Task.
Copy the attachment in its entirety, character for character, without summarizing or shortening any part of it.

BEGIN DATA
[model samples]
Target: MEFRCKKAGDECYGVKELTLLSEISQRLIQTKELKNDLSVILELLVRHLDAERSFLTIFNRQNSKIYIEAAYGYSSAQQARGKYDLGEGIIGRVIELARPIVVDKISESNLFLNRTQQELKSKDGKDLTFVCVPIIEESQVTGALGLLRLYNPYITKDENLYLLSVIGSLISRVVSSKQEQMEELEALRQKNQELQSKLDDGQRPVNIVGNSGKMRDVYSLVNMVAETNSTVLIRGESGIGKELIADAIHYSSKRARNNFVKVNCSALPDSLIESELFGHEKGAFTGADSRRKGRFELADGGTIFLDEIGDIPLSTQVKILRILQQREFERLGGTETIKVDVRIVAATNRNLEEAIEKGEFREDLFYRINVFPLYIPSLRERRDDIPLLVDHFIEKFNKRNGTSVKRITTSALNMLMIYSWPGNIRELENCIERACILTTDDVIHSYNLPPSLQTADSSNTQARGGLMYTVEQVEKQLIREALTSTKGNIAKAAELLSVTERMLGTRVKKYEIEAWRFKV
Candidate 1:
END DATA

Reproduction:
[model samples]
Target: MEFRCKKAGDECYGVKELTLLSEISQRLIQTKELKNDLSVILELLVRHLDAERSFLTIFNRQNSKIYIEAAYGYSSAQQARGKYDLGEGIIGRVIELARPIVVDKISESNLFLNRTQQELKSKDGKDLTFVCVPIIEESQVTGALGLLRLYNPYITKDENLYLLSVIGSLISRVVSSKQEQMEELEALRQKNQELQSKLDDGQRPVNIVGNSGKMRDVYSLVNMVAETNSTVLIRGESGIGKELIADAIHYSSKRARNNFVKVNCSALPDSLIESELFGHEKGAFTGADSRRKGRFELADGGTIFLDEIGDIPLSTQVKILRILQQREFERLGGTETIKVDVRIVAATNRNLEEAIEKGEFREDLFYRINVFPLYIPSLRERRDDIPLLVDHFIEKFNKRNGTSVKRITTSALNMLMIYSWPGNIRELENCIERACILTTDDVIHSYNLPPSLQTADSSNTQARGGLMYTVEQVEKQLIREALTSTKGNIAKAAELLSVTERMLGTRVKKYEIEAWRFKV
Candidate 1: